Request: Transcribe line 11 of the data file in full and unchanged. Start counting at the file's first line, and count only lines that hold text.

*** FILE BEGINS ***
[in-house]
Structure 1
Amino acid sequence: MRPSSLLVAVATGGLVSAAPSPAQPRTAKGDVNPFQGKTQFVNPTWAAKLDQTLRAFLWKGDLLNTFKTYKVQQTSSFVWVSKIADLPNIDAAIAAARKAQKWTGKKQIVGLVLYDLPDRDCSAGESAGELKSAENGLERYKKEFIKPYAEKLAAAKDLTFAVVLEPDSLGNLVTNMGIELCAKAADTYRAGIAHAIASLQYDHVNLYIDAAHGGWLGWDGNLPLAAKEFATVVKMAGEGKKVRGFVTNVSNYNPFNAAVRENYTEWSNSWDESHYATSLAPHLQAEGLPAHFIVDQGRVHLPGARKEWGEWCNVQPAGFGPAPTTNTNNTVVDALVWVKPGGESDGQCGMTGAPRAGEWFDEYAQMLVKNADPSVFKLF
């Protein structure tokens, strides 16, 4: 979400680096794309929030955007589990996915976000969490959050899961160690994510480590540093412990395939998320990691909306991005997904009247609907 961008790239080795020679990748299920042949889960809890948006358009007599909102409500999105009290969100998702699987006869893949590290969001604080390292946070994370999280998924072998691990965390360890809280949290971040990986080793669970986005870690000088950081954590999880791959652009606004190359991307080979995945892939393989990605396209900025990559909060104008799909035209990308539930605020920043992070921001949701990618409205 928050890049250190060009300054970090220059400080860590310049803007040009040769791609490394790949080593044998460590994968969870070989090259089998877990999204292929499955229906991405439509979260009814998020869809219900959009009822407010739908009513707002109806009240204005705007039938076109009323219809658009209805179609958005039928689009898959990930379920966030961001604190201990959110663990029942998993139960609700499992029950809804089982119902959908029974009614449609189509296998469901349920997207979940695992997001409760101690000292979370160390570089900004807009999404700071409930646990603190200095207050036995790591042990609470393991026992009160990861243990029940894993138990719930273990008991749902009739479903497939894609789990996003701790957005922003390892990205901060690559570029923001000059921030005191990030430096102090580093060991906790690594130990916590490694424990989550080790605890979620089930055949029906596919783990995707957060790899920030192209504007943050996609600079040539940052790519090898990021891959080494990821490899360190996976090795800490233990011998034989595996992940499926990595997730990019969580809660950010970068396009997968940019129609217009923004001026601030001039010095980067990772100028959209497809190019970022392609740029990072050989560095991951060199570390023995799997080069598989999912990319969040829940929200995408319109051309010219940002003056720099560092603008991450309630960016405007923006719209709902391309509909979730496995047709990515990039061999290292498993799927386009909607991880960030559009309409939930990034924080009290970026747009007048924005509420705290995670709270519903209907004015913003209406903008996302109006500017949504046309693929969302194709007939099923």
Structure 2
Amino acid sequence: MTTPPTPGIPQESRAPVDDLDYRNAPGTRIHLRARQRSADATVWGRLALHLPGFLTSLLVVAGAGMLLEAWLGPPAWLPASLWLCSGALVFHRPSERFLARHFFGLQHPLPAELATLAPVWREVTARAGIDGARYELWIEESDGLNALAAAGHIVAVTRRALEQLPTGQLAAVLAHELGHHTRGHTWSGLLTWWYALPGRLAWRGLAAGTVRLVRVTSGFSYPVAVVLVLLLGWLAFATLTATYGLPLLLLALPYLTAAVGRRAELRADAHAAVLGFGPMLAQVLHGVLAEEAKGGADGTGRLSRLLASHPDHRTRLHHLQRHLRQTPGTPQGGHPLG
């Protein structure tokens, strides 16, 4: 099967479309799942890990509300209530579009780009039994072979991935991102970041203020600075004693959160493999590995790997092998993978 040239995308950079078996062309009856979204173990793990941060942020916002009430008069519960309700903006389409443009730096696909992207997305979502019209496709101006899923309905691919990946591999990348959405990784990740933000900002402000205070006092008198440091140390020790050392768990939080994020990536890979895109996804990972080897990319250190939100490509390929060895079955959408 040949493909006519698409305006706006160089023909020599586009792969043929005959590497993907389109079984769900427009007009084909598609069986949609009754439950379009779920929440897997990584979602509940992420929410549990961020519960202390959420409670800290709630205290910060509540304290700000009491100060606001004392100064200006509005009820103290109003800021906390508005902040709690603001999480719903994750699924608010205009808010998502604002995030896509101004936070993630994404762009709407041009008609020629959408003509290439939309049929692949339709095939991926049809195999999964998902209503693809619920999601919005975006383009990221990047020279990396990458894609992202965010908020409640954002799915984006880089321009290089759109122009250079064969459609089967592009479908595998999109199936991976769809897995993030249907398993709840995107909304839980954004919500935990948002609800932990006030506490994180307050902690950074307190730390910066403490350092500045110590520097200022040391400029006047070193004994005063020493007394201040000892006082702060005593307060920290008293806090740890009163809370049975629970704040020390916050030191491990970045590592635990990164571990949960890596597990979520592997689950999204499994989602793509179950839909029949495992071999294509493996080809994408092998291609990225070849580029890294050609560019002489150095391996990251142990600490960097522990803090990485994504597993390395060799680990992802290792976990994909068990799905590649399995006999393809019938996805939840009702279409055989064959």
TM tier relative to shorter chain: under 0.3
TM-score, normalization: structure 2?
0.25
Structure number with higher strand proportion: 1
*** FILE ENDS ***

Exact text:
Structure number with higher strand proportion: 1